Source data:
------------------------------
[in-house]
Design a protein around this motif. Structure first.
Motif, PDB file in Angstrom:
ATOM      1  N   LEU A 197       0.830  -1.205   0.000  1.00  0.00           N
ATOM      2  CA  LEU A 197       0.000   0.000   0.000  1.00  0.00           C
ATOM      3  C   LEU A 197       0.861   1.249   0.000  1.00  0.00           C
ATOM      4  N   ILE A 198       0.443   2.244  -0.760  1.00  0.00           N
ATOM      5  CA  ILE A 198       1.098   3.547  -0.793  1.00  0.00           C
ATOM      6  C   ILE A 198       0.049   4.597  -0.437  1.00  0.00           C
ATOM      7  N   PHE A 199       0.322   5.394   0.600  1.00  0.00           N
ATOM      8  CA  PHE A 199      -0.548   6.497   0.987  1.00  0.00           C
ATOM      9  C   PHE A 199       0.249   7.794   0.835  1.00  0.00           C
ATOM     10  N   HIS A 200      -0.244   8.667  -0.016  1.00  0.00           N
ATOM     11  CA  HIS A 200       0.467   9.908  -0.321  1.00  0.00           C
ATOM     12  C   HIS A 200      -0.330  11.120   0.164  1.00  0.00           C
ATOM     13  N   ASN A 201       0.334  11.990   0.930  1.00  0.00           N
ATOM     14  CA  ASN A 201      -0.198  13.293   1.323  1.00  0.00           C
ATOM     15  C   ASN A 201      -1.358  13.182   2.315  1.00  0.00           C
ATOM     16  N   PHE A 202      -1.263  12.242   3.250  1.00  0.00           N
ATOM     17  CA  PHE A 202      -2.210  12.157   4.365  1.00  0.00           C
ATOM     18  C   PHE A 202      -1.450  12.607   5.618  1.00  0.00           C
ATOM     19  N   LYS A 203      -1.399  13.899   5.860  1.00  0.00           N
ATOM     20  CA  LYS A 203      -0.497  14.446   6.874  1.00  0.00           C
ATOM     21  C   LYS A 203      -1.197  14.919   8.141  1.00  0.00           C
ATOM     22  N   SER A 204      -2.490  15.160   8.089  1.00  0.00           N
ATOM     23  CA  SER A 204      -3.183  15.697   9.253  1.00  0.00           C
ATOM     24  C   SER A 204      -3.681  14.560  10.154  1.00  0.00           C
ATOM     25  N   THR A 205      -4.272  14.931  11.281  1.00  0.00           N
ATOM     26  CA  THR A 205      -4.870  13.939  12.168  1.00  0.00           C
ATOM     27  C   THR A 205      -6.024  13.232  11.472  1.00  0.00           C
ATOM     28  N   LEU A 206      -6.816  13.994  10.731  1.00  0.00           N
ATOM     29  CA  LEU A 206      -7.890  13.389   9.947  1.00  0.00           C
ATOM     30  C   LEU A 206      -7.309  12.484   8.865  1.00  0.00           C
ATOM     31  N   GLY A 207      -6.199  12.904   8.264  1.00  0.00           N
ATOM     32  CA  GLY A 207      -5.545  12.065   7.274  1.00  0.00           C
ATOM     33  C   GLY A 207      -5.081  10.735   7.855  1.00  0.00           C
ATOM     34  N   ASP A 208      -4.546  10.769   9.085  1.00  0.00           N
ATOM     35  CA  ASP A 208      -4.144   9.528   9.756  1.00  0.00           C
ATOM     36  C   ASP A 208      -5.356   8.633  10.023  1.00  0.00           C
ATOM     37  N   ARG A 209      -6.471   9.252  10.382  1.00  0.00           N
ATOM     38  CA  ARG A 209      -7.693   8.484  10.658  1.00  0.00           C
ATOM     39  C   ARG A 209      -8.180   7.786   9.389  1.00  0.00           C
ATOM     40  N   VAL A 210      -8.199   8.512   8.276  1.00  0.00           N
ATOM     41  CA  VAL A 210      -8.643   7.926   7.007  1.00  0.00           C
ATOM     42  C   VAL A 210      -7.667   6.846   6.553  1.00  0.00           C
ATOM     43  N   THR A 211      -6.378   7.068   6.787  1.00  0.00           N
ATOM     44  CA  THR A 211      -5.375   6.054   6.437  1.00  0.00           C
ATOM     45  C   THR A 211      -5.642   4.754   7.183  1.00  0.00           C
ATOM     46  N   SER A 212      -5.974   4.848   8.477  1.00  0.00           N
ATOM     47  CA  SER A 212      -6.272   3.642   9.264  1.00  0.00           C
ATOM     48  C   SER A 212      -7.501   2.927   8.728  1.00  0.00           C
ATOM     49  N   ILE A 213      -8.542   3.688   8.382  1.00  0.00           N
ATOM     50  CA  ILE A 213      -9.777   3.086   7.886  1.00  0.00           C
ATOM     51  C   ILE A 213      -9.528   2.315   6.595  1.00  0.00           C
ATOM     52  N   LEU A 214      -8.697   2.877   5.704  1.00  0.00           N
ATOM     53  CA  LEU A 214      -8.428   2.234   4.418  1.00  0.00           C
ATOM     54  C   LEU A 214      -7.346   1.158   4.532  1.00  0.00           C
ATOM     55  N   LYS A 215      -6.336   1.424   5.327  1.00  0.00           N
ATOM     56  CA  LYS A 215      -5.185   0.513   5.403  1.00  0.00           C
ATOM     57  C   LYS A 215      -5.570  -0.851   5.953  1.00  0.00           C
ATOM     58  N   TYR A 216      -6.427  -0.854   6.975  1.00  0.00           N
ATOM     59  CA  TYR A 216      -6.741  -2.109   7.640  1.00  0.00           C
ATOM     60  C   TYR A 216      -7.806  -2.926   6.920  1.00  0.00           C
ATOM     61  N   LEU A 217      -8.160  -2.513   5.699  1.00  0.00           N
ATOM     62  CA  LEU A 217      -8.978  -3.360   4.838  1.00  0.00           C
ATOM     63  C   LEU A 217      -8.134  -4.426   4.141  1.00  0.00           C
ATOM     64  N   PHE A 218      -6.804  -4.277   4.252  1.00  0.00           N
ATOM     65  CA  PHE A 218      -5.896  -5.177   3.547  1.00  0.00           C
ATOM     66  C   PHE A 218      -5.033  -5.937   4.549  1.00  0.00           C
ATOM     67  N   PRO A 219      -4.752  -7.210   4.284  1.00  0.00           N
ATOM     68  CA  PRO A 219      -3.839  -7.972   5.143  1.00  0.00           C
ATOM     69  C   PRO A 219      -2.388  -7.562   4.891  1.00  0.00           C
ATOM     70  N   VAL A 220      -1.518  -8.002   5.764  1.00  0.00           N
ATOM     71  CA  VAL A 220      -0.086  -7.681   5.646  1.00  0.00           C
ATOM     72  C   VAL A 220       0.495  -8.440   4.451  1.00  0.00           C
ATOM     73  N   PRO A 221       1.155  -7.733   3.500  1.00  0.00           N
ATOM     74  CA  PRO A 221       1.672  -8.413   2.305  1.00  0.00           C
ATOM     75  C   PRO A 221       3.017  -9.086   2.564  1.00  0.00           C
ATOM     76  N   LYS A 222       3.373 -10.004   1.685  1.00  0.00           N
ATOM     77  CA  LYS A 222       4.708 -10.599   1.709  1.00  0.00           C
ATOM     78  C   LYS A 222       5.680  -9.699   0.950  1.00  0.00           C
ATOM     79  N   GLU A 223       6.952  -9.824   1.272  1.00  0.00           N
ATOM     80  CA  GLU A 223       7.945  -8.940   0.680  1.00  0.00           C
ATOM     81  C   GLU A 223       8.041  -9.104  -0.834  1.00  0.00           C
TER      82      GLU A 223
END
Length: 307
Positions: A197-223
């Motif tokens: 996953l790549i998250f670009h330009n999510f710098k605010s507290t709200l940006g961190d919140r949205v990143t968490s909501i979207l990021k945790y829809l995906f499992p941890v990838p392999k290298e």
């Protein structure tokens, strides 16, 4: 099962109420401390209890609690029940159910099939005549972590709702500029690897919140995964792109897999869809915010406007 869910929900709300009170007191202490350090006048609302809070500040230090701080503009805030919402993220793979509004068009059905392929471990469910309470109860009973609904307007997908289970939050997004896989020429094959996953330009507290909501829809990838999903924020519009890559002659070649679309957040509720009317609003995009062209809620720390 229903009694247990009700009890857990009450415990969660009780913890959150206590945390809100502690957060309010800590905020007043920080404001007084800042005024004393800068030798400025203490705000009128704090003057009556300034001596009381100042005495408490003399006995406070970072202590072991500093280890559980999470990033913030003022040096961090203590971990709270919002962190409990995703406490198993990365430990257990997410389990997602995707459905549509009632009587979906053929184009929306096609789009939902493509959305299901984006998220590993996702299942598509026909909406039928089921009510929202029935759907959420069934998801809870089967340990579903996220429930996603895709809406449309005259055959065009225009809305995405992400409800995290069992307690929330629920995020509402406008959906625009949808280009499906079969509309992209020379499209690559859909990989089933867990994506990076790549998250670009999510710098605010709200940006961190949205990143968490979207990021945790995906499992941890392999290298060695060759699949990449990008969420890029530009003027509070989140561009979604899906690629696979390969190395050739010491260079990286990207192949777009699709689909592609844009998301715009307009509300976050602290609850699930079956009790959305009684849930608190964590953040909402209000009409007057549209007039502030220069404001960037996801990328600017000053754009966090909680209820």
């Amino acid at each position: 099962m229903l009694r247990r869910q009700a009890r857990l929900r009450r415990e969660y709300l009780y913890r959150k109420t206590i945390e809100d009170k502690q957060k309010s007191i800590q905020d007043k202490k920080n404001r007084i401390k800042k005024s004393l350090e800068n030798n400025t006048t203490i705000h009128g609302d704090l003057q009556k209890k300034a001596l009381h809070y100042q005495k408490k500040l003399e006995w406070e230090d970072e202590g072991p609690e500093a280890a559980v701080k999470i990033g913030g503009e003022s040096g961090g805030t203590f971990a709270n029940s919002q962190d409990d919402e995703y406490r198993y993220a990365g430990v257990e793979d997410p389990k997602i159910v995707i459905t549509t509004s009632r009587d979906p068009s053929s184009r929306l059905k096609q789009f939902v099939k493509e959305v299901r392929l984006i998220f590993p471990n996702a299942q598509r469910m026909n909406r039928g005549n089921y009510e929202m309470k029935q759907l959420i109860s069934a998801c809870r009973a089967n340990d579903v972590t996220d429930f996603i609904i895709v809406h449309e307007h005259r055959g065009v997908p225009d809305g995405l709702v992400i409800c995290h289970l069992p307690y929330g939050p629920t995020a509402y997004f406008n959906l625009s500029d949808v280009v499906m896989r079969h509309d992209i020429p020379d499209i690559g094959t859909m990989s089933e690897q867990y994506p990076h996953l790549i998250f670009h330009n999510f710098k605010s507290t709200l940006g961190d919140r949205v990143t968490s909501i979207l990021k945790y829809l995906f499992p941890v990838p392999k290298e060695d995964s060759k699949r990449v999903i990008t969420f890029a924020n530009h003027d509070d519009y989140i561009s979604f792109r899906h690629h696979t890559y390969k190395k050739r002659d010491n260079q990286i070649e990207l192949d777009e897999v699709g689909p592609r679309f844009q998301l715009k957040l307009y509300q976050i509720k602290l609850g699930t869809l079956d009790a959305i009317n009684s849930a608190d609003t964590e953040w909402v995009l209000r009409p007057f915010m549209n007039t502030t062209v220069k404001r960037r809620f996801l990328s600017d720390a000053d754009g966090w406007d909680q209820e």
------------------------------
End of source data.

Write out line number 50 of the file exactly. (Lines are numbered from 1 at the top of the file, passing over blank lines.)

ATOM     47  CA  SER A 212      -6.272   3.642   9.264  1.00  0.00           C